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I have a few questions about nonplanar "stick circuits" (or hexagons and higher $n$-gons) that you might be able to help with:

(I know that $n=6$ is the minimum number of points to form a stick knot.)

  1. Given $n=6$ points in $\mathbb{R}^3$ in general position connected by a specific "stick circuit" (nonplanar hexagon), what test can be done to see if it forms a stick knot vs. an unknot?

  2. Given $n=6$ points in $\mathbb{R}^3$ in general position, there are 60 different stick circuits connecting them. True or false, at least one forms a knot?

  3. Given $n=6$ points in $\mathbb{R}^3$ in general position, does the minimum-length stick circuit on these $n$ points ever form a knot? ("knotted 6-point traveling salesman problem with return)

All these can be generalized to $n > 6$.

These questions occurred to me over the last few days. I suspect (1) has a known answer but I have no idea about (2) or (3).

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For (2), no. Take the six points to be approximately the vertices of a regular octahedron. –  Tom Goodwillie Jun 10 '12 at 2:57
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Actually, a regular octahedron (or close to it) is a configuration where I would always expect a stick knot. A pentagonal pyramid (or close to it) would be more challenging. Gerhard "Ask Me About System Design" Paseman, 2012.06.09 –  Gerhard Paseman Jun 10 '12 at 3:13
    
For (1) I know no simple test. However, all my mental images of 6-stick nots involve a stick with two acute angles at either end. I imagine this is a necessary condition. Gerhard "Or My Imagination Is Limited" Paseman, 2012.06.09 –  Gerhard Paseman Jun 10 '12 at 3:22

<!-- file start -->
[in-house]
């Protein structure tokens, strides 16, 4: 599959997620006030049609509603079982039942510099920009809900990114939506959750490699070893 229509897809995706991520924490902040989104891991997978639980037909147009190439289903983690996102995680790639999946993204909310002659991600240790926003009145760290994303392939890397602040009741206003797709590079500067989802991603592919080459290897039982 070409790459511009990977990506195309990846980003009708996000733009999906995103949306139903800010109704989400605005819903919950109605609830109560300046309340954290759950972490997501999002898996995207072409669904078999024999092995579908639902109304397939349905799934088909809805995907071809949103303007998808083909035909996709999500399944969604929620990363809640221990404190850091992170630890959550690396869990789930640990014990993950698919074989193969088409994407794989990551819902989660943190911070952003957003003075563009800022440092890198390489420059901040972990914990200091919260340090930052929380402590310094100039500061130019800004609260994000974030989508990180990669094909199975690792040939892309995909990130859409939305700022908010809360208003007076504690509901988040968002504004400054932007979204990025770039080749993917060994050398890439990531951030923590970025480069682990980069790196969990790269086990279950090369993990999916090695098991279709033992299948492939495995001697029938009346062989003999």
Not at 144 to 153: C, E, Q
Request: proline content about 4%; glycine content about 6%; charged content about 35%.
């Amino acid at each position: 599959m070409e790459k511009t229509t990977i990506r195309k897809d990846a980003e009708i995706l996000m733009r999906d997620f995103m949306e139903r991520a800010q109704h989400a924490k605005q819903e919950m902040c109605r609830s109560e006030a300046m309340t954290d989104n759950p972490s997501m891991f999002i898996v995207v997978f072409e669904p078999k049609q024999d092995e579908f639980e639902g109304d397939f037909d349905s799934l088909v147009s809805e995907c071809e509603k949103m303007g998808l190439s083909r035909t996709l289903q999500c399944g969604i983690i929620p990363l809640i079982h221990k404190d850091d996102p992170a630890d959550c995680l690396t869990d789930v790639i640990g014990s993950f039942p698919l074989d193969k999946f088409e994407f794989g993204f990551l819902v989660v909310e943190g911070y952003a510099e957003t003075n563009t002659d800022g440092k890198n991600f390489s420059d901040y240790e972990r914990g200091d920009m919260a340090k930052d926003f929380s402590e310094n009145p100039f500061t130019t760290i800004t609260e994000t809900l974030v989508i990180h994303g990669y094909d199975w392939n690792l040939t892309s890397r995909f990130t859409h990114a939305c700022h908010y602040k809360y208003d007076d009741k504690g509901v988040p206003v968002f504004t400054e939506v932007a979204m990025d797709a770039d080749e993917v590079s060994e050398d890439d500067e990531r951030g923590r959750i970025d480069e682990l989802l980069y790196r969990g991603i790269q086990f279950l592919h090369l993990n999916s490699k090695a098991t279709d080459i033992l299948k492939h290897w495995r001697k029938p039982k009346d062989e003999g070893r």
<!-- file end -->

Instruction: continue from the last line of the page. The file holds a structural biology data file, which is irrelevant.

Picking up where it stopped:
If the knot consists entirely of edges of the octahedron (or any other convex polytope) then it is a Jordan curve in that convex surface, therefore unknotted. The other possibilities can easily be handled case by case. –  Tom Goodwillie Jun 10 '12 at 4:04
    
(3) was asked a few days ago on m.se, math.stackexchange.com/questions/154385/… –  Gerry Myerson Jun 10 '12 at 6:19
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4 Answers

The answer to question (2) is

  • no for $n=6$,
  • yes for $n=7$.

For $n=6$, take, for example, the following six points as vertices of a straight-line (stick) embedding of $K_6$:

$A = (-2,-2,1), B= (2,-2,0), C= (0,2,0), D= (-1,-1,0), E= (1,-1,1), F= (0,1,2)$

The projection onto the $xy$ plane has crossing number $3$.

a projection of K_6 with crossing number 3

Moreover, the crossings are between disjoint pairs of edges. Therefore, since every nontrivial knot has at least three crossings, there is at most one possible cycle that could form form a nontrivial knot; that is, the cycle $AECDBF$ formed by the six edges participating in the crossings. But by the above-below relations at the crossings, this cycle clearly forms an unknot.


For $n=7$, Conway and Gordon proved that every embedding of $K_7$ in $\mathbb{R}^3$ contains a Hamiltonian cycle forming a nontrivial knot, using the parity of the sum of the quadratic terms of the Conway polynomials of the Hamiltonian cycles as an invariant.

Edit: See also J. L. Ramirez Alfonsin, Spatial Graphs and Oriented Matroids: the Trefoil, Discrete and Computational Geometry 22:149--158 (1999) for the following stronger result:

Every stick embedding of $K_7$ in $\mathbb{R}^3$ contains a Hamiltonian cycle forming a (left-handed or a right-handed) trefoil.

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A partial test for (1) is provided by the Fary-Milnor theorem. See also this question.

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There is a problem about matching red and blue dots in the plane in pairs by straight line segments, with a length minimal matching involving no crossings. I imagine (3) could be answered negatively by similar reasoning.

Gerhard "Ask Me About System Design" Paseman, 2012.06.09

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A paper by Gerard Venema and Tom Clark classified stick knots with 6 segments (using the lengths of the segments); they are using chains for their knots.

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I realize now that you're looking specifically for circuits - my apologies. –  John Engbers Jun 12 '12 at 1:10
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